Enclosure 4B (Page 2 of 3) - Project Evaluation Criteria
Applications for funding must include narrative responses that address the following four criteria. Within each criterion, sub-criteria
are listed in descending order of importance. Limit your responses to the areas provided.
1. Increasing Local Capacity (35 Points)
A. How would the proposal improve or lead to the improvement of the local economy in terms of jobs and sustainable economic
activity? How many jobs are expected to be created or retained and for how long (please distinguish between essentially yearround and seasonal jobs)? How will this proposal link to other projects (or proposed projects) to create year-round jobs?
B. Will biomass or forest fuels be utilized; if so, in what manner and how much?
C. Which, if any, private businesses will participate?
D. To what extent will this project be offered to serve as a model for other communities or businesses, or natural landscapes?
As with all of Pomegranate Center’s projects, these two projects will involve residents in the design and
construction phases, providing an opportunity for young and old alike to learn marketable skills by
participating in the process. Detailed meeting minutes and lists of participants to show attendance and
participation levels will be kept. Resident surveys at the end of the process will provide feedback on whether
or not participants gained new skills through the process. We anticipate employing two
construction/carpenters, an architect, engineer, artist, and project manager.
Each outdoor amenity will be designed entirely out of roundwood. In a former project, Pomegranate
Center built two mailbox shelters, a kiosk, benches, and two streetlights out of 2100 bf of small-diameter
timber harvested from a SmartWood tree farm. The overall design will determine the amount of roundwood
An important benefit of this project will be to showcase various applications of round timber in structuremaking and highlight the relevance of building choices and materials to environmental realities. We see the
collaboration of housing revitalization efforts with sustainable building techniques to have far-reaching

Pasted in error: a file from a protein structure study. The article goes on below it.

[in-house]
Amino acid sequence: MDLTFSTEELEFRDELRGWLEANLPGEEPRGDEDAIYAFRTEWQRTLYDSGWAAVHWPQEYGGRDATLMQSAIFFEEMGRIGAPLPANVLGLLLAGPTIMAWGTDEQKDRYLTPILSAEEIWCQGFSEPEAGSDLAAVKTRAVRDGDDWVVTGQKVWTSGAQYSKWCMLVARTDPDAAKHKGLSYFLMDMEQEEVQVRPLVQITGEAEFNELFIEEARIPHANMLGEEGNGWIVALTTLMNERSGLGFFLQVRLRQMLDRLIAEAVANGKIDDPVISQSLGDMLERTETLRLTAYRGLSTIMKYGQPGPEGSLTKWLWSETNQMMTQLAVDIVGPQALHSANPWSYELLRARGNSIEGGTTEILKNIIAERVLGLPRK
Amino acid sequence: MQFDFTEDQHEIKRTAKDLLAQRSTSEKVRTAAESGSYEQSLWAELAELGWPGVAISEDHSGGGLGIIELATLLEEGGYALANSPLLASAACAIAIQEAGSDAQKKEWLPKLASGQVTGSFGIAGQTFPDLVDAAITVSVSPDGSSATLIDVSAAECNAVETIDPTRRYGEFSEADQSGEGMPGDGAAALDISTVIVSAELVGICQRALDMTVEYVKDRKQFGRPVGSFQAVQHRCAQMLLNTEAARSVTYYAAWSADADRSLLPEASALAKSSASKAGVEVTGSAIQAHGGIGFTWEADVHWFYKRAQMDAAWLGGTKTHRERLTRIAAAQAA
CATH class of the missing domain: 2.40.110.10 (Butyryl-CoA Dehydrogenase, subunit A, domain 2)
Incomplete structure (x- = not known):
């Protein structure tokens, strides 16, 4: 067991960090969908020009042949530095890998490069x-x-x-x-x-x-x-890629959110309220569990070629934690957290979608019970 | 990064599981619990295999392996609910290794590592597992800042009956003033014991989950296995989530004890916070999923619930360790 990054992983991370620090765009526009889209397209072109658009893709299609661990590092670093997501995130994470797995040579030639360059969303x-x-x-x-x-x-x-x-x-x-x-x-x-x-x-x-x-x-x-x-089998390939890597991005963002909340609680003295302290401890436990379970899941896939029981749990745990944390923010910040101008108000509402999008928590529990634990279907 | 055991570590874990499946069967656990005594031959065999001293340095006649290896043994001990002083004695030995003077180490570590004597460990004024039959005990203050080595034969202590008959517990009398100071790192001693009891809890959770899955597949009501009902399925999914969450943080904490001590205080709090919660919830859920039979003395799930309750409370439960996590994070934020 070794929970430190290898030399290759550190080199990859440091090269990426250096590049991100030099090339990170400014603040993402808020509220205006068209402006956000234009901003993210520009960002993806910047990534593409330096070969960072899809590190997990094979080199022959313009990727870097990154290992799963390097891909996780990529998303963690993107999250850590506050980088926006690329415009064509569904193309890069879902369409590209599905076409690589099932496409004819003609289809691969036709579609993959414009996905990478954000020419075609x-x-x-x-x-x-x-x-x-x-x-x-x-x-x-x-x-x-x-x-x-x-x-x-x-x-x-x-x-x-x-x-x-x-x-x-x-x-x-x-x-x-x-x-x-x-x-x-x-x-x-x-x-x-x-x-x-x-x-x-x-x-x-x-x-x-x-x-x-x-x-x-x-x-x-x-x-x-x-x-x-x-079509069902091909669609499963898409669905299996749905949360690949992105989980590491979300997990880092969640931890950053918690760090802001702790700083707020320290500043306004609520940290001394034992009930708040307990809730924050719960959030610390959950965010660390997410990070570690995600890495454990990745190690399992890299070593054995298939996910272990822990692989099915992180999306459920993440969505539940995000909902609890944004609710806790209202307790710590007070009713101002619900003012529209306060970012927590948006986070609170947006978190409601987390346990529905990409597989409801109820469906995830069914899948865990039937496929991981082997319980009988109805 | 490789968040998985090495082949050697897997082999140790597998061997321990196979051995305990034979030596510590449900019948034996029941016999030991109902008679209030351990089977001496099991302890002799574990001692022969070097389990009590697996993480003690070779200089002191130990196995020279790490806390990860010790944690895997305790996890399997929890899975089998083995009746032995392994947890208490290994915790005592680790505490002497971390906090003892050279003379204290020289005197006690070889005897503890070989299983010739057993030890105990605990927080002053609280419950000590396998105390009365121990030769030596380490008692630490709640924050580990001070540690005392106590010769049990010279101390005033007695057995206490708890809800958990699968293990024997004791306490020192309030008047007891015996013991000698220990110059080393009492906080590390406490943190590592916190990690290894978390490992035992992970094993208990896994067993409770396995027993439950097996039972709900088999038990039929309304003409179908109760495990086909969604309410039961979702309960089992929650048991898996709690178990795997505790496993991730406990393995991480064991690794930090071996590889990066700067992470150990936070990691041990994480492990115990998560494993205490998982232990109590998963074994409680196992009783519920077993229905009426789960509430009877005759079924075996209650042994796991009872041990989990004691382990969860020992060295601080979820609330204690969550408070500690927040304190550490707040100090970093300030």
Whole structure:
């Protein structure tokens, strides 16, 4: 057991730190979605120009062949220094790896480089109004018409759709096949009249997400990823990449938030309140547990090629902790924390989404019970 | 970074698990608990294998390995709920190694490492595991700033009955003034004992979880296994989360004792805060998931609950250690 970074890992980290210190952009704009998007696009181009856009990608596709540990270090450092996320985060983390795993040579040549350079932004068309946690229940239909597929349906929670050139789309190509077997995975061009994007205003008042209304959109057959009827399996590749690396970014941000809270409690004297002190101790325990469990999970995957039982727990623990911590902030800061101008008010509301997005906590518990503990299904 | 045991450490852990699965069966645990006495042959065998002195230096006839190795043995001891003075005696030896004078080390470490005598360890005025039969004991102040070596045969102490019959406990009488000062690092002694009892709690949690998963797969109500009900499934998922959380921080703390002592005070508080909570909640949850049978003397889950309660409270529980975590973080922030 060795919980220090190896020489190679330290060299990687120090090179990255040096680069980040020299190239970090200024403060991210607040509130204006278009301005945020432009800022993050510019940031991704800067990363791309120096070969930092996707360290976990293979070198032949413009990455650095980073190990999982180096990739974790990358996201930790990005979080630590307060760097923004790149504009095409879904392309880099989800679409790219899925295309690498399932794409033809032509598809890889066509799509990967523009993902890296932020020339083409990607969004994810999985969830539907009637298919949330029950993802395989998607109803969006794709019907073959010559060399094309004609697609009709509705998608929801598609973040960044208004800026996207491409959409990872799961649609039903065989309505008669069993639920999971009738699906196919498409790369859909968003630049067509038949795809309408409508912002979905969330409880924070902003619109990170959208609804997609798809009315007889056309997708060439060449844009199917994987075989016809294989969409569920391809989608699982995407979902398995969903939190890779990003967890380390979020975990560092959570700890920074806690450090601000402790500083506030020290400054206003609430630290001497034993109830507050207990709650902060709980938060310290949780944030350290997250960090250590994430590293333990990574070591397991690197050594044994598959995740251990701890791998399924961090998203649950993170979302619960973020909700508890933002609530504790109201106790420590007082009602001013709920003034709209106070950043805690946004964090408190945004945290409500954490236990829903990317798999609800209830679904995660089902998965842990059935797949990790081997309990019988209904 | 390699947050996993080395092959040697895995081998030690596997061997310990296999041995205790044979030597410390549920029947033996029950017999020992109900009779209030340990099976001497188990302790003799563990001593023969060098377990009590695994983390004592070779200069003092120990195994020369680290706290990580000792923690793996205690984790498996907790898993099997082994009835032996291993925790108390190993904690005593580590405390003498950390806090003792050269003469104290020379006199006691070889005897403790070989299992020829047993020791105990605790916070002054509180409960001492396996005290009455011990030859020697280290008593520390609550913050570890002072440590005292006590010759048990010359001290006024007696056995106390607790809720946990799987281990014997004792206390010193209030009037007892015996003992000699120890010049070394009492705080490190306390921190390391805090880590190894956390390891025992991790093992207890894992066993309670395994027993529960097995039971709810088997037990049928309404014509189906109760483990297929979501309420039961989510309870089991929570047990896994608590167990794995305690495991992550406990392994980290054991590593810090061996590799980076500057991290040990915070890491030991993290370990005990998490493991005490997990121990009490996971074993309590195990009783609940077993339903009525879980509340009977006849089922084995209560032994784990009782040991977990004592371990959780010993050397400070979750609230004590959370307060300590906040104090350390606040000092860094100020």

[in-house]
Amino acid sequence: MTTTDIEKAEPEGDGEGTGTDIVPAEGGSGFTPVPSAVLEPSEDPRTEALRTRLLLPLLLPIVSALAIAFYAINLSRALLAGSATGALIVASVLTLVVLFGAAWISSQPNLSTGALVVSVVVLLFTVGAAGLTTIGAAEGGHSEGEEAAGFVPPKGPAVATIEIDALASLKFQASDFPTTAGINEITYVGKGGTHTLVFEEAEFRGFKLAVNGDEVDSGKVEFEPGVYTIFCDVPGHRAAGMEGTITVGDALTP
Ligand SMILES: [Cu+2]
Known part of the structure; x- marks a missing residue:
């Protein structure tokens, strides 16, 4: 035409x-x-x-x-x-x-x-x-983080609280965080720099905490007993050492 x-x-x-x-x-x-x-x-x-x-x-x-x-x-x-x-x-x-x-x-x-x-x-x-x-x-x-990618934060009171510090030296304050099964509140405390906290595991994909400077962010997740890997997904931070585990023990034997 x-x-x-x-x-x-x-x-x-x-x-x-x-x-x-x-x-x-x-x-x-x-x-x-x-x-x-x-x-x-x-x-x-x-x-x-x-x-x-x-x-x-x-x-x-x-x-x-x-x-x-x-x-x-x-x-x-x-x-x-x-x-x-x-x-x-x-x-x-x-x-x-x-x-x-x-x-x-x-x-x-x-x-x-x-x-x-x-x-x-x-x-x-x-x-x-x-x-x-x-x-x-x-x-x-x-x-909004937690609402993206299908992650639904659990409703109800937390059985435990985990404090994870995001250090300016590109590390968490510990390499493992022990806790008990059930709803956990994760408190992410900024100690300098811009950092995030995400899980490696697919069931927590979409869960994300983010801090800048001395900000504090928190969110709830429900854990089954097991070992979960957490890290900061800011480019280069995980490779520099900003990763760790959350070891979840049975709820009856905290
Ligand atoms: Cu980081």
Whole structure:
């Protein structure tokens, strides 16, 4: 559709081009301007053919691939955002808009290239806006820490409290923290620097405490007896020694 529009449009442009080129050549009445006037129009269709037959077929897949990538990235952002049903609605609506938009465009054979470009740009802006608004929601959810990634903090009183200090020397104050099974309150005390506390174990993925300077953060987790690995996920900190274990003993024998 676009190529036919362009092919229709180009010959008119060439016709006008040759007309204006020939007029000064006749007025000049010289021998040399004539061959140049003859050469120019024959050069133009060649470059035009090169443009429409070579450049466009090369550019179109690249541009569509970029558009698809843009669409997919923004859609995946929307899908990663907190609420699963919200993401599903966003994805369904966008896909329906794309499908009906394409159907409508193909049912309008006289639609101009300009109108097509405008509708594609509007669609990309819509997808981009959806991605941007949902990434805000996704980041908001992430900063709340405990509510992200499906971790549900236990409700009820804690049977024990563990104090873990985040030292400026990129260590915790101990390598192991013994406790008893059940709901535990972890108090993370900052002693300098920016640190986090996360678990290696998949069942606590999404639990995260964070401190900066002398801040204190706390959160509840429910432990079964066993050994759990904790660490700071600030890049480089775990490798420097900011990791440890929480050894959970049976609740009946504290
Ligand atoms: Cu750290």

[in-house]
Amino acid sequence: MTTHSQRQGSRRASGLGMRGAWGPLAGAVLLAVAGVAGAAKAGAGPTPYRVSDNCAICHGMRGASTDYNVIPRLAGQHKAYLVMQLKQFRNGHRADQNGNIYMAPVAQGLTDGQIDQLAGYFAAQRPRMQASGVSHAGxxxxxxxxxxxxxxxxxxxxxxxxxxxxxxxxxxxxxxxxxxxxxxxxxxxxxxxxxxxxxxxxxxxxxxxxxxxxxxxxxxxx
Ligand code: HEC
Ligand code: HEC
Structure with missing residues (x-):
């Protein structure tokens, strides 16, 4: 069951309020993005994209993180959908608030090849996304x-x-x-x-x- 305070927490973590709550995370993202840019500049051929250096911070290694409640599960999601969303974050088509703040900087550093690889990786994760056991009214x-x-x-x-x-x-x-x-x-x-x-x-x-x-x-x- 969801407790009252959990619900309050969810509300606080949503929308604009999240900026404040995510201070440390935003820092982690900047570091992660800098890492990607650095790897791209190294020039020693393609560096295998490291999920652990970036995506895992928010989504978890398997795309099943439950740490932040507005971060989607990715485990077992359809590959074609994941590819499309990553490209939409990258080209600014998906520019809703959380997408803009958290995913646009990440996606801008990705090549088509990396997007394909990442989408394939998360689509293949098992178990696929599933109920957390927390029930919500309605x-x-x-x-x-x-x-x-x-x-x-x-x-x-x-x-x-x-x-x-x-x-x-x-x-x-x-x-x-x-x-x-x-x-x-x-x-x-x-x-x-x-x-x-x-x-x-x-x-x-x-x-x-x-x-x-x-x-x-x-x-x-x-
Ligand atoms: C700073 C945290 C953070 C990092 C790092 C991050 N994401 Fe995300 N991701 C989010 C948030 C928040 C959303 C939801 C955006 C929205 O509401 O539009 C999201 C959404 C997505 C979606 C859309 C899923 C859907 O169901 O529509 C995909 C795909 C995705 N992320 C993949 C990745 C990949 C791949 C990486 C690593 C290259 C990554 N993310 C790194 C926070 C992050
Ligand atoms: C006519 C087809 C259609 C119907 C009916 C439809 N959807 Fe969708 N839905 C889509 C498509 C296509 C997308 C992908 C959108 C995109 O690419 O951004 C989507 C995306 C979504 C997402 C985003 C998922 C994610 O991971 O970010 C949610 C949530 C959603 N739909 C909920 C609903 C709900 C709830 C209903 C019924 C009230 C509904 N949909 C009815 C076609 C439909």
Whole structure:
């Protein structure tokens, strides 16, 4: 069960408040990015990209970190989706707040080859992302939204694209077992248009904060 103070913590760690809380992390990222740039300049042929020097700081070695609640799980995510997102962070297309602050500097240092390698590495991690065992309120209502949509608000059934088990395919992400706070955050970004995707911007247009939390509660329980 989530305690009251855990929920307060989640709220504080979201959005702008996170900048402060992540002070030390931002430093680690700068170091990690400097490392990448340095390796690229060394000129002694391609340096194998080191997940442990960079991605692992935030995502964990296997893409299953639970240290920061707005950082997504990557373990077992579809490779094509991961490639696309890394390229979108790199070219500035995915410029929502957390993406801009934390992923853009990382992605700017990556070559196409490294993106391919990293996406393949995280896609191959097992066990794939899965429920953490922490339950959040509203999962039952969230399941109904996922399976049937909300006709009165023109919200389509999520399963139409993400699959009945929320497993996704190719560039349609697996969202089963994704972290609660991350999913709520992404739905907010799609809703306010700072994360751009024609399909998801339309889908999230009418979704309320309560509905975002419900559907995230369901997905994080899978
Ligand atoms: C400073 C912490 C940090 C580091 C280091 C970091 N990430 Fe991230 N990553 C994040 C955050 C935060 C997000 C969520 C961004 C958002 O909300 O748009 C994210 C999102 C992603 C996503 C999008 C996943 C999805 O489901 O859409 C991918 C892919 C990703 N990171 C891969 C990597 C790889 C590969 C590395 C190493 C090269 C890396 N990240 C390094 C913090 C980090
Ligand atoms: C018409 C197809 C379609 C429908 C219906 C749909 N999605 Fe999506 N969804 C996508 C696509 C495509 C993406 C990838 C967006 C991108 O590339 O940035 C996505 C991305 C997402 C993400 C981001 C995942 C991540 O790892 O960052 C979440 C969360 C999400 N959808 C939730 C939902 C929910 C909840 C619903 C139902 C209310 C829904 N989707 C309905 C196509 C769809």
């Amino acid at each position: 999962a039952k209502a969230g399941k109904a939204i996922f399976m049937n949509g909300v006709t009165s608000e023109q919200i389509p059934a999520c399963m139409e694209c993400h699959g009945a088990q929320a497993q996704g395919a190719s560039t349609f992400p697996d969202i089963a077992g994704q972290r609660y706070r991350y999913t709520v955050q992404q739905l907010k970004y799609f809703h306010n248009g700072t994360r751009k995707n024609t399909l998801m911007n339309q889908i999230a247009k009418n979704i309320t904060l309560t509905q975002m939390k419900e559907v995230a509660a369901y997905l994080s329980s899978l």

potential. Should these projects find appropriate funding, Pomegranate Center will have successfully
constructed three outdoor amenity projects using roundwood. We plan to continue expanding on these
successes and increase the visibility by developing educational materials, significantly enhancing the
awareness of small-diameter timber locally and regionally.
2. Reducing fire risk. (30 points)
Describe how the proposal promotes reduction of risk in high hazard areas and communities or natural landscapes.
Describe how the proposed project benefits resources on federal land or adjacent non-federal land, or how it protects the
safety of communities.
C. To what extent does the project implement or create a cooperative (1) fuels treatment plan or (2)community fire strategy
(include evidence of the plan if it already exists)?
D. Explain how the proposal (1) leads to, enhances or restores a local fire-adapted ecosystem, and/or (2) mitigates or leads to the
mitigation of hazardous fuels conditions.
By partnering with the Lakeface-Lamb Land Stewardship Contract, Pomegranate is contributing to the
reduction of forest fuels by utilizing the use of small-diameter lumber in the creation of outdoor amenities.
These projects will help reduce fire risk indirectly by promoting the economic viability of harvesting round,
small-diameter timber as a viable construction material. It focuses on end-use applications, public awareness,
and future markets. In this way, the project addresses the problem of wildfires in our secondary growth
forests over a longer term, recognizing that the state of health of our forests will need attention for many
years. It offers a way to harness an available and plentiful resource for needed construction while mitigating
fire risk.
Enclosure 4B (Page 3 of 3) - Project Evaluation Criteria